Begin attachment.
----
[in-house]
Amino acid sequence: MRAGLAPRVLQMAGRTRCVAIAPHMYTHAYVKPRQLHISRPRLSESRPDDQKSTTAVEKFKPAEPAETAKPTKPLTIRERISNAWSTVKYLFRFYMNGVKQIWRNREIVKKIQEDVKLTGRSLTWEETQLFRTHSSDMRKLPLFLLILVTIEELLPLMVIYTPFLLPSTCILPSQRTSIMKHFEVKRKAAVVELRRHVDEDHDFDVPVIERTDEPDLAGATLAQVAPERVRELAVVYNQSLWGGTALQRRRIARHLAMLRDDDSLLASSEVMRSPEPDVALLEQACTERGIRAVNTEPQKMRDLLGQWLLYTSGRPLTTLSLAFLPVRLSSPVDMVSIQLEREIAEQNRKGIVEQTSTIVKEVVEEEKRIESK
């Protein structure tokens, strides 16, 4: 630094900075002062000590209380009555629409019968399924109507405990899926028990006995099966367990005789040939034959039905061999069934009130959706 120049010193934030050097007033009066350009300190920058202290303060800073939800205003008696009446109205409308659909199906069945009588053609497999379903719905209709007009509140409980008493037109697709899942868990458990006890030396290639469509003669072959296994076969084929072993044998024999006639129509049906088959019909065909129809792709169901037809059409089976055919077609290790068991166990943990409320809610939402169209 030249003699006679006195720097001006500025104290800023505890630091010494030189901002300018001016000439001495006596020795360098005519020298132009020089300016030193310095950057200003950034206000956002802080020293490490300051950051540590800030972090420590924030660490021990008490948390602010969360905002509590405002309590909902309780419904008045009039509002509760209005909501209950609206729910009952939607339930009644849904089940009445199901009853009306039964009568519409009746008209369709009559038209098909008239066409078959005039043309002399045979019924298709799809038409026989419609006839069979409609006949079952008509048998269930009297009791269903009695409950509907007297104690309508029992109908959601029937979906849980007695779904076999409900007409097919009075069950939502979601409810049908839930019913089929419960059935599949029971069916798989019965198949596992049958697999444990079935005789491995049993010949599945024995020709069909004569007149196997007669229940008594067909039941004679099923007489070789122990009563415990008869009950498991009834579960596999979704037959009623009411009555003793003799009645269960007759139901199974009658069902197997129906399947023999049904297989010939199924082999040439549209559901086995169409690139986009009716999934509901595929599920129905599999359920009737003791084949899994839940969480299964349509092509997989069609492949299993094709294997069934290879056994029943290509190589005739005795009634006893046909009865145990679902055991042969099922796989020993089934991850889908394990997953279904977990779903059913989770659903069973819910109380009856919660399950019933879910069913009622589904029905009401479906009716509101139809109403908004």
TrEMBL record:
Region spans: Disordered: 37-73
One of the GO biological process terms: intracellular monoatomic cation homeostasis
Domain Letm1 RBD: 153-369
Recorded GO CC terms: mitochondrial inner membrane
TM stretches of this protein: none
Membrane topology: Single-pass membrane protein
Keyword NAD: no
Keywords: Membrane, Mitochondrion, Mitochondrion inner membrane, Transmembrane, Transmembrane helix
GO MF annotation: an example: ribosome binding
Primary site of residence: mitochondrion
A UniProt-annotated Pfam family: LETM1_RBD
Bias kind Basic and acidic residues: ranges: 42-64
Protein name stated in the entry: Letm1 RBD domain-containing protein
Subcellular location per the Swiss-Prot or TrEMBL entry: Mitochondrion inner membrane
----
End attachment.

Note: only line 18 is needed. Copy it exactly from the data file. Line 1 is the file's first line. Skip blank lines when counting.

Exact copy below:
Subcellular location per the Swiss-Prot or TrEMBL entry: Mitochondrion inner membrane